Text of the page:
Ilagan reiterated that the HMC was ordered to cease all mining operations as part of its suspension, following its disregard of the environmental protection mechanisms set by the DENR itself. “However, under the guise of ‘rehabilitation,’ the Mines and Geosciences Bureau (MGB) Region 8 has issued an Ore Transport Permit, enabling the company to grab mined nickel from the island. This was greatly opposed by the communities in the area,” Ilagan added.

The community organization Save Manicani Movement (SAMAMO) has since called upon the public, media organizations and newly-elected officials, particularly the presumptive President Rodrigo Duterte to stand with them and protect the interests of the residents of Manicani Island.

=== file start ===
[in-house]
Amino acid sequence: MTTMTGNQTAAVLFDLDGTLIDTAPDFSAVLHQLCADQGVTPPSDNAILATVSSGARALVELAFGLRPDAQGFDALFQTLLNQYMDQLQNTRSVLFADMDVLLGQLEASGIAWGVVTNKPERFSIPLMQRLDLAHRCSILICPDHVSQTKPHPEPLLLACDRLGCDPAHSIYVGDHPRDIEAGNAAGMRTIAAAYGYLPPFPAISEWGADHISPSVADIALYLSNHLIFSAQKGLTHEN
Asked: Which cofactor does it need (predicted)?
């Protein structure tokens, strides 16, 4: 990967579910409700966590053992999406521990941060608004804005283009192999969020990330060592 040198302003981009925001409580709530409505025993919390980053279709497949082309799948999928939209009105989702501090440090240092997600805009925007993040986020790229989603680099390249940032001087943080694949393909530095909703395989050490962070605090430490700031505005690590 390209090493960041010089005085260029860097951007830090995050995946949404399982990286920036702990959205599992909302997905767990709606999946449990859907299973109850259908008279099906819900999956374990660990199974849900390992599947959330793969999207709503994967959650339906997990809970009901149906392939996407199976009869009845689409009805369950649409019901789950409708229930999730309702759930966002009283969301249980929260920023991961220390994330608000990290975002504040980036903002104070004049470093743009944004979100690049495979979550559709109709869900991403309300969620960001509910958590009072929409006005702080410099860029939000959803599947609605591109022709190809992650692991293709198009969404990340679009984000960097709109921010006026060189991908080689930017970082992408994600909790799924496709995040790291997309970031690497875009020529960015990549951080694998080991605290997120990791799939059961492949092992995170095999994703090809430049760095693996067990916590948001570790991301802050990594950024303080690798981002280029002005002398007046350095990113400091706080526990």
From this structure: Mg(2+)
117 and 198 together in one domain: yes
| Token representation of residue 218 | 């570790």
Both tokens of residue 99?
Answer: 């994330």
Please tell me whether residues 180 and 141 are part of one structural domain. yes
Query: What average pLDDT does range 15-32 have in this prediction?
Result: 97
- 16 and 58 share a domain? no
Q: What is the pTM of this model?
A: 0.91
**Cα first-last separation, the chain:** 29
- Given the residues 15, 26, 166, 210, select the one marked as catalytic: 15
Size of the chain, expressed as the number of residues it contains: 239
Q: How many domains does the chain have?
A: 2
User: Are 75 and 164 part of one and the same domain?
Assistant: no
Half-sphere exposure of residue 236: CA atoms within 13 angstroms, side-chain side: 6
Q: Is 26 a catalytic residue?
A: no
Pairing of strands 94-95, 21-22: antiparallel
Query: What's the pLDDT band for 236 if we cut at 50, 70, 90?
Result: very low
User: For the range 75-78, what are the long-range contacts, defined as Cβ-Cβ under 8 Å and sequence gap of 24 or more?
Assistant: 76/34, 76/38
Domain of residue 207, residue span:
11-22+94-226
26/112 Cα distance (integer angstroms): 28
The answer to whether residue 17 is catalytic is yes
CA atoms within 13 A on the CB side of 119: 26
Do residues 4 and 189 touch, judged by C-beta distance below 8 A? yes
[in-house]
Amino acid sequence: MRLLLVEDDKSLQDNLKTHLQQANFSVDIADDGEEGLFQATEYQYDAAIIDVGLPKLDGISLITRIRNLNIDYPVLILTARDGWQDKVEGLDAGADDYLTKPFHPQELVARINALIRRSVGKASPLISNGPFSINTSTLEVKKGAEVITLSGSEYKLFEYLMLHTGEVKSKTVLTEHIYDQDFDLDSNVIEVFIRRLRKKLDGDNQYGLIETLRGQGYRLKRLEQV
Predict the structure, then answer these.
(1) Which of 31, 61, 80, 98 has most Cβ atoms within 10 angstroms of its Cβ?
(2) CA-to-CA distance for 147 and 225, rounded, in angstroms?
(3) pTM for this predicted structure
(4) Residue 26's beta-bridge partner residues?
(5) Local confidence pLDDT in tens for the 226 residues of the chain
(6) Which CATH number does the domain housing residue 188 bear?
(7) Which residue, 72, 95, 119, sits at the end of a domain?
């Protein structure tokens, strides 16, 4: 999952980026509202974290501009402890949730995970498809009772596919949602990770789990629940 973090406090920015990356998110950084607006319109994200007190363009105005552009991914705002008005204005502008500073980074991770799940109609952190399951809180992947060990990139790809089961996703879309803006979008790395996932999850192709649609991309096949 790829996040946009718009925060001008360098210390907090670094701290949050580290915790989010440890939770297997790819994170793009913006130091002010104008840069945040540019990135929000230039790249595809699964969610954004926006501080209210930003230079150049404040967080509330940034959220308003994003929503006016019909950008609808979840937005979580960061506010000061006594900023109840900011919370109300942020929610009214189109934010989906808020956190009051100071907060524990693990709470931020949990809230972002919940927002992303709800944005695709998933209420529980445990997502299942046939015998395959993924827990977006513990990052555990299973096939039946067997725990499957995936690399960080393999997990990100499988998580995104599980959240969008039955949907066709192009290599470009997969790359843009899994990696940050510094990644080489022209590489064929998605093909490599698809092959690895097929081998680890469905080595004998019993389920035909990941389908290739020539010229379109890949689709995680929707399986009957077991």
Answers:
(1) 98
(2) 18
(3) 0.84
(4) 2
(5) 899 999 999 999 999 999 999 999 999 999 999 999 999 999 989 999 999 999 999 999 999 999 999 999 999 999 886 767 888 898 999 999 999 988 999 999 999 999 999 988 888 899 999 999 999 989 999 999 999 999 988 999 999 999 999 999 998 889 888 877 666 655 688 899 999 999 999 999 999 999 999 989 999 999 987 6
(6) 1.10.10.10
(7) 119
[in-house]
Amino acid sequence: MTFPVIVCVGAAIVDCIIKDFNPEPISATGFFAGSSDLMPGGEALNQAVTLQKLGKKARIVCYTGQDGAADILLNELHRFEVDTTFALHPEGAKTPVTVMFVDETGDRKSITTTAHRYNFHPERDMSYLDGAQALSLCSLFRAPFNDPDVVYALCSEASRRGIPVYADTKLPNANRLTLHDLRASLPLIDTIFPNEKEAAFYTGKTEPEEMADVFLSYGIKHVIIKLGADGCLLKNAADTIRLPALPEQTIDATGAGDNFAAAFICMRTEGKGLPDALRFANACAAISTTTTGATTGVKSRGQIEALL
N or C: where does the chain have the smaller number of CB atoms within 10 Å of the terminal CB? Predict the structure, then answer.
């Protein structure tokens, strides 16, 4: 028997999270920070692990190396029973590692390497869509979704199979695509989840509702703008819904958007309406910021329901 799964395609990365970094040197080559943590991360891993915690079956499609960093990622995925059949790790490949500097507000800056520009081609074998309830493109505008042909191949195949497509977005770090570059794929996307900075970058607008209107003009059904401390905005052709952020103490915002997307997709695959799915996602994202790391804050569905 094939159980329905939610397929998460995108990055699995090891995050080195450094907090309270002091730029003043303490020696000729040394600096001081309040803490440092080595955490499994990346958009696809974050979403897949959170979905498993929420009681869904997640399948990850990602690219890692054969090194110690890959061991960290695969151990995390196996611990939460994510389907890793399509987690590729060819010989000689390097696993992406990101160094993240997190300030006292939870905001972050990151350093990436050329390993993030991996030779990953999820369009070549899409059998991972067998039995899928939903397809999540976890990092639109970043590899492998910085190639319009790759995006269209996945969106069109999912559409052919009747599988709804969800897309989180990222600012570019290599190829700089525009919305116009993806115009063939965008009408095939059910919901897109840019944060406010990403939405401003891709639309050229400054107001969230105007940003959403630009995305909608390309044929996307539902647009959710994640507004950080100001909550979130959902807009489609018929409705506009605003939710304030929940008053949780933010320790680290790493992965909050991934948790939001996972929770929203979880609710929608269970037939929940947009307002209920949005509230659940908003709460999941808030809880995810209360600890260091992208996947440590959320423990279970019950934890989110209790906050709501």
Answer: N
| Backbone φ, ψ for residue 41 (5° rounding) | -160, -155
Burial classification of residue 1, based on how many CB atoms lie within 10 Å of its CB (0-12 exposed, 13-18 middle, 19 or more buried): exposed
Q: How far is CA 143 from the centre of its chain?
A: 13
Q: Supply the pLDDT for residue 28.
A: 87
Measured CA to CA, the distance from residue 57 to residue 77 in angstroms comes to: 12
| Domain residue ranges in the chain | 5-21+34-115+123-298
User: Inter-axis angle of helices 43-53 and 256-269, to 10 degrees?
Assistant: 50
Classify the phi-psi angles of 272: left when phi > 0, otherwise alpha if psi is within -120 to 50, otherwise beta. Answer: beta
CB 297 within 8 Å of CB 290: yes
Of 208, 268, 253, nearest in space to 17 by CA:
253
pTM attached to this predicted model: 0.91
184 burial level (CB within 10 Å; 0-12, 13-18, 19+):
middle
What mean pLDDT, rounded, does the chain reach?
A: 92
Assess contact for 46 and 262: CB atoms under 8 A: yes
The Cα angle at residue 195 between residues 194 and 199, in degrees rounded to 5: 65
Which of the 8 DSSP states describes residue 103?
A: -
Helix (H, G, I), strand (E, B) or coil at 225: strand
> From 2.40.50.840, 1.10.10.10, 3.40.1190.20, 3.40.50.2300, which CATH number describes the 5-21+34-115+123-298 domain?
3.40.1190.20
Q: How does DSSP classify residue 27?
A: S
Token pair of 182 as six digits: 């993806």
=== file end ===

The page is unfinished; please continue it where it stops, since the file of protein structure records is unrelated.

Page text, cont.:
“We demand the DENR to cancel the permit it has issued and fully stop HMC’s mining operations, including its attempts to hoard the mined resources from the island. HMC must also provide compensation for the destruction it has brought to Manicani,” said SAMAMO Public Relations Officer Becky Destajol.

“We also call upon the newly-elected local and national officials to side with the people of Manicani who have suffered enough destruction and displacement because of the failed rehabilitation program in our area and the presence of large-scale mining activities,” Destajol added.

“The demands of the residents of Manicani echo the demands of many other mining affected communities and indigenous peoples who have time and again assembled in front of the DENR,” said Atty. Pedrosa.